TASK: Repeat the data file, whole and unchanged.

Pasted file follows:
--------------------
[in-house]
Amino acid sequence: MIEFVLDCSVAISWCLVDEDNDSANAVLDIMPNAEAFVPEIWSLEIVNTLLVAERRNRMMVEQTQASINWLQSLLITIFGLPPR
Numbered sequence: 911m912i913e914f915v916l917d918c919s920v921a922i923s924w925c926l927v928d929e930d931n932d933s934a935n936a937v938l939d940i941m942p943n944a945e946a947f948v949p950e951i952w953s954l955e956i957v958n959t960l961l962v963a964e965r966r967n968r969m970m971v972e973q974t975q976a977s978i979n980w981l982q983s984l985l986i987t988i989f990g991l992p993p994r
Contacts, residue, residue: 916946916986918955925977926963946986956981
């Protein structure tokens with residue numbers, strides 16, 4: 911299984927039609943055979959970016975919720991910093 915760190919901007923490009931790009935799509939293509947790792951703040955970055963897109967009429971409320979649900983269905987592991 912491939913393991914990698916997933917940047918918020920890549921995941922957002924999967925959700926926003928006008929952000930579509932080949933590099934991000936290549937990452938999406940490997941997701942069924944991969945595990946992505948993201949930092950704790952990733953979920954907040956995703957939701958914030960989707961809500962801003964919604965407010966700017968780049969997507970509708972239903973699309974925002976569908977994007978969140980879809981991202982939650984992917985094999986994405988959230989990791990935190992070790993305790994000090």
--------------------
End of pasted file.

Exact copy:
[in-house]
Amino acid sequence: MIEFVLDCSVAISWCLVDEDNDSANAVLDIMPNAEAFVPEIWSLEIVNTLLVAERRNRMMVEQTQASINWLQSLLITIFGLPPR
Numbered sequence: 911m912i913e914f915v916l917d918c919s920v921a922i923s924w925c926l927v928d929e930d931n932d933s934a935n936a937v938l939d940i941m942p943n944a945e946a947f948v949p950e951i952w953s954l955e956i957v958n959t960l961l962v963a964e965r966r967n968r969m970m971v972e973q974t975q976a977s978i979n980w981l982q983s984l985l986i987t988i989f990g991l992p993p994r
Contacts, residue, residue: 916946916986918955925977926963946986956981
């Protein structure tokens with residue numbers, strides 16, 4: 911299984927039609943055979959970016975919720991910093 915760190919901007923490009931790009935799509939293509947790792951703040955970055963897109967009429971409320979649900983269905987592991 912491939913393991914990698916997933917940047918918020920890549921995941922957002924999967925959700926926003928006008929952000930579509932080949933590099934991000936290549937990452938999406940490997941997701942069924944991969945595990946992505948993201949930092950704790952990733953979920954907040956995703957939701958914030960989707961809500962801003964919604965407010966700017968780049969997507970509708972239903973699309974925002976569908977994007978969140980879809981991202982939650984992917985094999986994405988959230989990791990935190992070790993305790994000090």